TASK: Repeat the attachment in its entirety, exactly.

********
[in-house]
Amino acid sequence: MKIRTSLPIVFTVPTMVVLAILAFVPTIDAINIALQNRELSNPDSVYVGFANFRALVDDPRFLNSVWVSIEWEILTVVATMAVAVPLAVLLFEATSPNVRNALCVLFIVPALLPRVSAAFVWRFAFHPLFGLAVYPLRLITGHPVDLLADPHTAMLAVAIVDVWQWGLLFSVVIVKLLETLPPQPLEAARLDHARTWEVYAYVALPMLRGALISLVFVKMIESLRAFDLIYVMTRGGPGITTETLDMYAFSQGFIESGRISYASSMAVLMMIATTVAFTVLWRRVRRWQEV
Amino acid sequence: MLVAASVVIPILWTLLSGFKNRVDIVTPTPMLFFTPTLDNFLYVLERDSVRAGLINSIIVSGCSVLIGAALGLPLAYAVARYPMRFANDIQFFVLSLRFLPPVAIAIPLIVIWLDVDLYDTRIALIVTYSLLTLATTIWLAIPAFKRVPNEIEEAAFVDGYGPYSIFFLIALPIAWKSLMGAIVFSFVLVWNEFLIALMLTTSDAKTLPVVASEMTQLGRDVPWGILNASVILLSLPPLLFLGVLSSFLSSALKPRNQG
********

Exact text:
[in-house]
Amino acid sequence: MKIRTSLPIVFTVPTMVVLAILAFVPTIDAINIALQNRELSNPDSVYVGFANFRALVDDPRFLNSVWVSIEWEILTVVATMAVAVPLAVLLFEATSPNVRNALCVLFIVPALLPRVSAAFVWRFAFHPLFGLAVYPLRLITGHPVDLLADPHTAMLAVAIVDVWQWGLLFSVVIVKLLETLPPQPLEAARLDHARTWEVYAYVALPMLRGALISLVFVKMIESLRAFDLIYVMTRGGPGITTETLDMYAFSQGFIESGRISYASSMAVLMMIATTVAFTVLWRRVRRWQEV
Amino acid sequence: MLVAASVVIPILWTLLSGFKNRVDIVTPTPMLFFTPTLDNFLYVLERDSVRAGLINSIIVSGCSVLIGAALGLPLAYAVARYPMRFANDIQFFVLSLRFLPPVAIAIPLIVIWLDVDLYDTRIALIVTYSLLTLATTIWLAIPAFKRVPNEIEEAAFVDGYGPYSIFFLIALPIAWKSLMGAIVFSFVLVWNEFLIALMLTTSDAKTLPVVASEMTQLGRDVPWGILNASVILLSLPPLLFLGVLSSFLSSALKPRNQG